Pennsylvania Federal Court Rejects Claims that Patent Infringement Actions Were “Sham” Litigation in Violation of Antitrust Law

The U.S. District Court for the Eastern District of Pennsylvania dismissed claims that the manufacturers and distributors of the antidepressant medication Wellbutrin XL committed antitrust violations by filing sham patent litigation against potential generic competitors and by filing a citizen petition with the U.S. Food and Drug Administration (“FDA”) for the purpose of delaying FDA approval of generic versions of the drug. In re Wellbutrin XL Antitrust Litigation, Nos. 08-cv-2431 & 08-cv-2433, 2012 WL 1657734 (E.D. Pa. May 11, 2012). The defendants, Biovail Corporation, GlaxoSmithKline PLC, and related companies, persuaded the court that their conduct was shielded from liability by the Noerr-Pennington doctrine recognized in Professional Real Estate Investors, Inc. v. Columbia Pictures Industries, Inc., 508 U.S. 49 1993); California Motor Transportation Co. v. Trucking Unlimited, 404 U.S. 508 (1972); United Mine Workers of America v. Pennington, 381 U.S. 657 (1965); and Eastern R.R. Presidents Conference v. Noerr Motor Freight, Inc., 365 U.S. 127 (1961).

The Noerr-Pennington doctrine holds that the First Amendment to the U.S. Constitution protects the right to petition all types of government entities, including the right to bring legitimate disputes to courts for judicial resolution. The doctrine is subject to an exception for activities that are “a mere sham to cover … an attempt to interfere directly with the business relationships of a competitor.” In order to establish that activity that otherwise is immune under Noerr-Pennington is actionable sham conduct, a plaintiff must prove—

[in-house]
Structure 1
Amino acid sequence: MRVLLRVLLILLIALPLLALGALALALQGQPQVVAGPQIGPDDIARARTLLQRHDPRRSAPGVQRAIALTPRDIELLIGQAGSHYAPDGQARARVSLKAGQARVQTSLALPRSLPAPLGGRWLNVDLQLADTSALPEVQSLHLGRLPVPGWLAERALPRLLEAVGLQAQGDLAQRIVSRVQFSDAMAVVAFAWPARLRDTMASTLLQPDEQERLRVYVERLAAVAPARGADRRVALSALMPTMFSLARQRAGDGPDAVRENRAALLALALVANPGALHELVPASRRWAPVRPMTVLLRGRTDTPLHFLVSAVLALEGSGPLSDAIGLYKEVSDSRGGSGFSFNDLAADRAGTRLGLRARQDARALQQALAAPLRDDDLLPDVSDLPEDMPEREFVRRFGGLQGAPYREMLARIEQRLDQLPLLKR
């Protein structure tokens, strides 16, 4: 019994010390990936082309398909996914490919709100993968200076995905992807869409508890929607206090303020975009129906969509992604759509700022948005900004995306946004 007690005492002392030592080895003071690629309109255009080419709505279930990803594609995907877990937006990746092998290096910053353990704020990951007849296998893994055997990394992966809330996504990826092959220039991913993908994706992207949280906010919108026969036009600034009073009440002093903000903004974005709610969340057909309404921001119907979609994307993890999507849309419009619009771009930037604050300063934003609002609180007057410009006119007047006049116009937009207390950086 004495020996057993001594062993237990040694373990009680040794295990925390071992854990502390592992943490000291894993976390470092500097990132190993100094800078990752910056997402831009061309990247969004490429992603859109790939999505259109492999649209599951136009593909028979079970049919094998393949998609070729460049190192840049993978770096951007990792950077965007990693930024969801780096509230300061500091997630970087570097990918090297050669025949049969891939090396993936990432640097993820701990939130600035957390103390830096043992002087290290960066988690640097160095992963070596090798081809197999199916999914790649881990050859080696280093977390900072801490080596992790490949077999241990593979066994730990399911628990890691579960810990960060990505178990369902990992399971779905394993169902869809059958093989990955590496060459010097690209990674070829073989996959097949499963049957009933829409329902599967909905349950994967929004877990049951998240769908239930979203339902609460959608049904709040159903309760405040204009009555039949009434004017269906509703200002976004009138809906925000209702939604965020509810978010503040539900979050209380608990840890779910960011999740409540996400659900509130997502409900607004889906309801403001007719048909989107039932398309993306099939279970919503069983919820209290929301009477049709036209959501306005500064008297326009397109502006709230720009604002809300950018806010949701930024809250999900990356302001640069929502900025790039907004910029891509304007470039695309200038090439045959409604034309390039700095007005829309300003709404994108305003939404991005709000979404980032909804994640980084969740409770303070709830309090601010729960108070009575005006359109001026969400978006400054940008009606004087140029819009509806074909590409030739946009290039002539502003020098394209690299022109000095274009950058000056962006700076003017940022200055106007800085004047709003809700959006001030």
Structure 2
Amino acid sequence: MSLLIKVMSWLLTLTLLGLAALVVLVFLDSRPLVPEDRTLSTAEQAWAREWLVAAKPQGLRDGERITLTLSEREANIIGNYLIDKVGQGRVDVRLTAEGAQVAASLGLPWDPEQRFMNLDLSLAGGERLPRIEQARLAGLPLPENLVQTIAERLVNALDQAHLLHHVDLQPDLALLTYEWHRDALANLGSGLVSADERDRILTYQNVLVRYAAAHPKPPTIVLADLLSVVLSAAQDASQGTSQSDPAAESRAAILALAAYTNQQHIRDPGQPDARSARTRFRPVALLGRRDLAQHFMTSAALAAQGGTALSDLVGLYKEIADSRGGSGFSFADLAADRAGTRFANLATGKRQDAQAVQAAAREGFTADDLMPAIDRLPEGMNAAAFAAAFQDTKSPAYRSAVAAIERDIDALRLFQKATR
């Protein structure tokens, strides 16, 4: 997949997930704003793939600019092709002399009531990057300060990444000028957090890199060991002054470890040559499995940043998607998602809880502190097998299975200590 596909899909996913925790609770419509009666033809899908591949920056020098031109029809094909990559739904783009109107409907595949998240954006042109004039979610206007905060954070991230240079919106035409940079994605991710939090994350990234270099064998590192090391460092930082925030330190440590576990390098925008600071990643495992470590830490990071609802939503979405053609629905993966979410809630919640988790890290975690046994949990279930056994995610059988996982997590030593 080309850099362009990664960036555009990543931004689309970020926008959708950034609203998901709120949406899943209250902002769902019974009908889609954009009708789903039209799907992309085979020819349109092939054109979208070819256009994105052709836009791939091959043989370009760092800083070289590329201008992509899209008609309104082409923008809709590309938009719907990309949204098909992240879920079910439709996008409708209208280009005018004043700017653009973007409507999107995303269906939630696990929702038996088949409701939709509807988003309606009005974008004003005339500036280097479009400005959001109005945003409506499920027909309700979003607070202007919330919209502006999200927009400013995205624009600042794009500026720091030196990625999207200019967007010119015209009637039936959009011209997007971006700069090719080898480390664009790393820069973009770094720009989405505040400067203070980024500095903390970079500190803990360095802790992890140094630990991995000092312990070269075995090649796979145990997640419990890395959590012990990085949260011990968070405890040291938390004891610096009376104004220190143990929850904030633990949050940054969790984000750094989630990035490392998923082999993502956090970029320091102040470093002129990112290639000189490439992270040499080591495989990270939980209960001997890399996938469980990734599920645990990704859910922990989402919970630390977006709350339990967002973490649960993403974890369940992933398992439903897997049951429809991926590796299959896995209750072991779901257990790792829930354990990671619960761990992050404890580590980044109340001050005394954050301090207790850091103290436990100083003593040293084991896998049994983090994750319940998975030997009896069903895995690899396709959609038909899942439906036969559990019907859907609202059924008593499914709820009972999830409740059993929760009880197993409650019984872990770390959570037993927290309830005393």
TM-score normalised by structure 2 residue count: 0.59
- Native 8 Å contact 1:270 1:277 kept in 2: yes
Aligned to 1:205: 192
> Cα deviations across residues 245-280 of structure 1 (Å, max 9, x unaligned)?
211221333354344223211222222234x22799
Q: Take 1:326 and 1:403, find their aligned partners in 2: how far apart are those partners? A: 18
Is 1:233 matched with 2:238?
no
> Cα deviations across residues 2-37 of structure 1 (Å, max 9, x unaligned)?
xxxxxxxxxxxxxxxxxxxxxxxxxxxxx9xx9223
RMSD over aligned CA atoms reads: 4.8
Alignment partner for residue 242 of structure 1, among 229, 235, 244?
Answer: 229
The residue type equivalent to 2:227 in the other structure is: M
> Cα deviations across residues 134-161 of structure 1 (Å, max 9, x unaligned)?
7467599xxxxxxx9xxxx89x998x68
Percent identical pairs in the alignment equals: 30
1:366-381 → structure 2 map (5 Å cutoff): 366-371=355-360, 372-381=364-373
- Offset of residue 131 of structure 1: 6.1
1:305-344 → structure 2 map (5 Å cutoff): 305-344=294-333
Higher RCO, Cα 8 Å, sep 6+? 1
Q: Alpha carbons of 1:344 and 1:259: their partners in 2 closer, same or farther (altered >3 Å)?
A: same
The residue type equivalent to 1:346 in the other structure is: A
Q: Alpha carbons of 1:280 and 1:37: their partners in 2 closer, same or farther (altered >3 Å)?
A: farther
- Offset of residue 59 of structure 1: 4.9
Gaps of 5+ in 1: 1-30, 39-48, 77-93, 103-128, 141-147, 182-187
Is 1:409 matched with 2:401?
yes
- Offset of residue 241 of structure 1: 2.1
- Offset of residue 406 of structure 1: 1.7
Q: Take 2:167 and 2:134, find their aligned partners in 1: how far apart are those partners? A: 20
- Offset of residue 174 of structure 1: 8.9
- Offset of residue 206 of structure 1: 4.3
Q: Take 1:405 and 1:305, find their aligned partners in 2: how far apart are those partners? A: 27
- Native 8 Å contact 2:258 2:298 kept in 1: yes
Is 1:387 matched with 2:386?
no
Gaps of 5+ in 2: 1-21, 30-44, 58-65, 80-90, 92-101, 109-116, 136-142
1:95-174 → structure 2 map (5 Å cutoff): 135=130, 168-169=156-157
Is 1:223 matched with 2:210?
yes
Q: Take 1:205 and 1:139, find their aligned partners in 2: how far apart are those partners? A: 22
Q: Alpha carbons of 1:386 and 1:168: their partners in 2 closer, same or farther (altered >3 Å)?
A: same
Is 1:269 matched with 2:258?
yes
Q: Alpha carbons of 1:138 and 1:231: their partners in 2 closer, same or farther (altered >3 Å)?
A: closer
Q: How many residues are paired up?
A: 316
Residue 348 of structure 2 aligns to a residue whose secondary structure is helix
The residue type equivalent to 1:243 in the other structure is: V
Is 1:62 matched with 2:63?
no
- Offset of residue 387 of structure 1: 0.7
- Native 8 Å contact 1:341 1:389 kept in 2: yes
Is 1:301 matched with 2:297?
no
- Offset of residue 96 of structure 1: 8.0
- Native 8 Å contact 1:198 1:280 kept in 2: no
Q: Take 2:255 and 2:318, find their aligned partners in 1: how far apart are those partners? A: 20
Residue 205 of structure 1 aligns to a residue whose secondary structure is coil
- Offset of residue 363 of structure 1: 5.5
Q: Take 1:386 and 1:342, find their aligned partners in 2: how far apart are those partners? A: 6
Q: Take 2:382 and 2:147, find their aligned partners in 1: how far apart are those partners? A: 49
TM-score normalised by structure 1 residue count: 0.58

1. That the defendants’ conduct is “objectively baseless in the sense that no reasonable litigant could realistically expect success on the merits; and
  2. That the baseless suit or petition “conceals an attempt to interfere directly with the business relationships of a competitor through the use of the governmental process—as opposed to the outcome of that process—as an anticompetitive weapon.”

As to three of the four patent lawsuits which the plaintiffs alleged to be sham actions, the court found that the defendants’ proposed patent claim constructions and theories of patent infringement liability were not objectively baseless. As to the fourth lawsuit, the court found no evidence to support the plaintiffs’ contention that the litigation had delayed the entry of generic competition. The court noted that the citizen’s petitions to the FDA had been partially successful, and determined that there was no evidence that the unsuccessful portions of the citizens petitions had produced any injury. Lastly, the court found no evidence to support the plaintiffs’ claims that the defendants had acted in a collusive manner either in pursuing litigation or filing citizen’s petitions.

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